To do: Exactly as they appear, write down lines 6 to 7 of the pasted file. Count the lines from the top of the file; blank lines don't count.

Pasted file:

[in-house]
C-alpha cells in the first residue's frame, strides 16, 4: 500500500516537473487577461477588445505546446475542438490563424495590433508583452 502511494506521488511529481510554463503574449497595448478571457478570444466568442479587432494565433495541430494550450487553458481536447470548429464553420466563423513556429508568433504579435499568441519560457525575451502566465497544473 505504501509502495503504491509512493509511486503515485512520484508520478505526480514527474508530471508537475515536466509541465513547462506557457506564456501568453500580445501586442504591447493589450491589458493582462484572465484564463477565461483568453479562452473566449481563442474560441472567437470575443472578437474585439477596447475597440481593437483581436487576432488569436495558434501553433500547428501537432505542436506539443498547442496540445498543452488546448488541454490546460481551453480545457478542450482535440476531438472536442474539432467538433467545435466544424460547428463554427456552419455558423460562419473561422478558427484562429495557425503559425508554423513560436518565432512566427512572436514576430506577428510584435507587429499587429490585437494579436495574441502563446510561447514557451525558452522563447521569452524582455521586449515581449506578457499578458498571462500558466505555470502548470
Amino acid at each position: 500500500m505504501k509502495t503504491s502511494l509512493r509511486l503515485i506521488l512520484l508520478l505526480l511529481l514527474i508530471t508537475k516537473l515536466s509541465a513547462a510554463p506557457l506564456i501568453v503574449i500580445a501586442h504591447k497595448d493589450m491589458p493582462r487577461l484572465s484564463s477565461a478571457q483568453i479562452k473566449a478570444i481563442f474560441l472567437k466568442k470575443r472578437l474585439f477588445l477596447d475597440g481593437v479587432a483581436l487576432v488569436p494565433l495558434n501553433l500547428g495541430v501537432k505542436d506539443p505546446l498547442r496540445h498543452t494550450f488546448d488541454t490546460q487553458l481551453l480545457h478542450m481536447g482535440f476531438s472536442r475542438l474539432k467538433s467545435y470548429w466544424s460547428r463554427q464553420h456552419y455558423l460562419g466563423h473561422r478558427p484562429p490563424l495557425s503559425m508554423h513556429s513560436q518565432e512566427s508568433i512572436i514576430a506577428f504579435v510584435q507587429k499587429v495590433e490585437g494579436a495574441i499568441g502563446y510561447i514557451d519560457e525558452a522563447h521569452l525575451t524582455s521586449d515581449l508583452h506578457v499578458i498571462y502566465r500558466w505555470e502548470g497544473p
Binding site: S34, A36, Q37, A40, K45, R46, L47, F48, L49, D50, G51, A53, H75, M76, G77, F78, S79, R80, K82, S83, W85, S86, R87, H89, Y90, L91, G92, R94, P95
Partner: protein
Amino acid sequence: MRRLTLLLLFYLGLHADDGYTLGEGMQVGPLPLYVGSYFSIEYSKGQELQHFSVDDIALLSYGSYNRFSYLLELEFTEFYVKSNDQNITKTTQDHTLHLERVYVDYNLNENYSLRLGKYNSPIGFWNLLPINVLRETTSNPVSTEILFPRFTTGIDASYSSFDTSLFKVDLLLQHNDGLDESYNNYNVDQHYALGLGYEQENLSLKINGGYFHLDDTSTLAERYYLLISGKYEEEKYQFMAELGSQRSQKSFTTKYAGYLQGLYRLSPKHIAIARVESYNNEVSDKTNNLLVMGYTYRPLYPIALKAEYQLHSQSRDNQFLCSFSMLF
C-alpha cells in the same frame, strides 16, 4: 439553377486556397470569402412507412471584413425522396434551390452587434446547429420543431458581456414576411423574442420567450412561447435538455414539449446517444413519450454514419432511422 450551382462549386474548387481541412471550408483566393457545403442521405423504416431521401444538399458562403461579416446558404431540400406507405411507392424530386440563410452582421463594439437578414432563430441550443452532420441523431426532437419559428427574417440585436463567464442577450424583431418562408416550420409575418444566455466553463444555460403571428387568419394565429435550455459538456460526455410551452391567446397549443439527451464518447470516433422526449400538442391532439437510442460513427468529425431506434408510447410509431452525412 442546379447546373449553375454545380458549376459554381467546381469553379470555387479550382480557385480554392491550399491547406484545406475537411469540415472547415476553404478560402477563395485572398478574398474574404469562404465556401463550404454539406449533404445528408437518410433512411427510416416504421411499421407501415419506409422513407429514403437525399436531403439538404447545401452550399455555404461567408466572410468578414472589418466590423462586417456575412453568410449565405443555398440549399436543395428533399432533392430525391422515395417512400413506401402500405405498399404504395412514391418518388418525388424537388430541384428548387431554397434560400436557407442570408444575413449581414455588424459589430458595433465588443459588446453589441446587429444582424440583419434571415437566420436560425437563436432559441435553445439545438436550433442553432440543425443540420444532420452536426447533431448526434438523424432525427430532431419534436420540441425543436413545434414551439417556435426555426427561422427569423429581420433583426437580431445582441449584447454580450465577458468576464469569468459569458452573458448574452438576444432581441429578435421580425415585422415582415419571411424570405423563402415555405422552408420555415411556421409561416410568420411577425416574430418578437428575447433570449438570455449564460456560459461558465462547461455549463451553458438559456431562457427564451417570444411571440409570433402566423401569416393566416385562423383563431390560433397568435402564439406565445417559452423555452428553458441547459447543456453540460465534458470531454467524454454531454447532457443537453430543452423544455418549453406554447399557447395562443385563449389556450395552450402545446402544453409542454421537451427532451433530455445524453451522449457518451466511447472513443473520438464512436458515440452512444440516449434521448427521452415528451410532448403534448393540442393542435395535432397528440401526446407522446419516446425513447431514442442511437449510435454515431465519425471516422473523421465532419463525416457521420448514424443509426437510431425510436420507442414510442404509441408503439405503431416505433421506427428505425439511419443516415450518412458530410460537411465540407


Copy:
Amino acid sequence: MRRLTLLLLFYLGLHADDGYTLGEGMQVGPLPLYVGSYFSIEYSKGQELQHFSVDDIALLSYGSYNRFSYLLELEFTEFYVKSNDQNITKTTQDHTLHLERVYVDYNLNENYSLRLGKYNSPIGFWNLLPINVLRETTSNPVSTEILFPRFTTGIDASYSSFDTSLFKVDLLLQHNDGLDESYNNYNVDQHYALGLGYEQENLSLKINGGYFHLDDTSTLAERYYLLISGKYEEEKYQFMAELGSQRSQKSFTTKYAGYLQGLYRLSPKHIAIARVESYNNEVSDKTNNLLVMGYTYRPLYPIALKAEYQLHSQSRDNQFLCSFSMLF
C-alpha cells in the same frame, strides 16, 4: 439553377486556397470569402412507412471584413425522396434551390452587434446547429420543431458581456414576411423574442420567450412561447435538455414539449446517444413519450454514419432511422 450551382462549386474548387481541412471550408483566393457545403442521405423504416431521401444538399458562403461579416446558404431540400406507405411507392424530386440563410452582421463594439437578414432563430441550443452532420441523431426532437419559428427574417440585436463567464442577450424583431418562408416550420409575418444566455466553463444555460403571428387568419394565429435550455459538456460526455410551452391567446397549443439527451464518447470516433422526449400538442391532439437510442460513427468529425431506434408510447410509431452525412 442546379447546373449553375454545380458549376459554381467546381469553379470555387479550382480557385480554392491550399491547406484545406475537411469540415472547415476553404478560402477563395485572398478574398474574404469562404465556401463550404454539406449533404445528408437518410433512411427510416416504421411499421407501415419506409422513407429514403437525399436531403439538404447545401452550399455555404461567408466572410468578414472589418466590423462586417456575412453568410449565405443555398440549399436543395428533399432533392430525391422515395417512400413506401402500405405498399404504395412514391418518388418525388424537388430541384428548387431554397434560400436557407442570408444575413449581414455588424459589430458595433465588443459588446453589441446587429444582424440583419434571415437566420436560425437563436432559441435553445439545438436550433442553432440543425443540420444532420452536426447533431448526434438523424432525427430532431419534436420540441425543436413545434414551439417556435426555426427561422427569423429581420433583426437580431445582441449584447454580450465577458468576464469569468459569458452573458448574452438576444432581441429578435421580425415585422415582415419571411424570405423563402415555405422552408420555415411556421409561416410568420411577425416574430418578437428575447433570449438570455449564460456560459461558465462547461455549463451553458438559456431562457427564451417570444411571440409570433402566423401569416393566416385562423383563431390560433397568435402564439406565445417559452423555452428553458441547459447543456453540460465534458470531454467524454454531454447532457443537453430543452423544455418549453406554447399557447395562443385563449389556450395552450402545446402544453409542454421537451427532451433530455445524453451522449457518451466511447472513443473520438464512436458515440452512444440516449434521448427521452415528451410532448403534448393540442393542435395535432397528440401526446407522446419516446425513447431514442442511437449510435454515431465519425471516422473523421465532419463525416457521420448514424443509426437510431425510436420507442414510442404509441408503439405503431416505433421506427428505425439511419443516415450518412458530410460537411465540407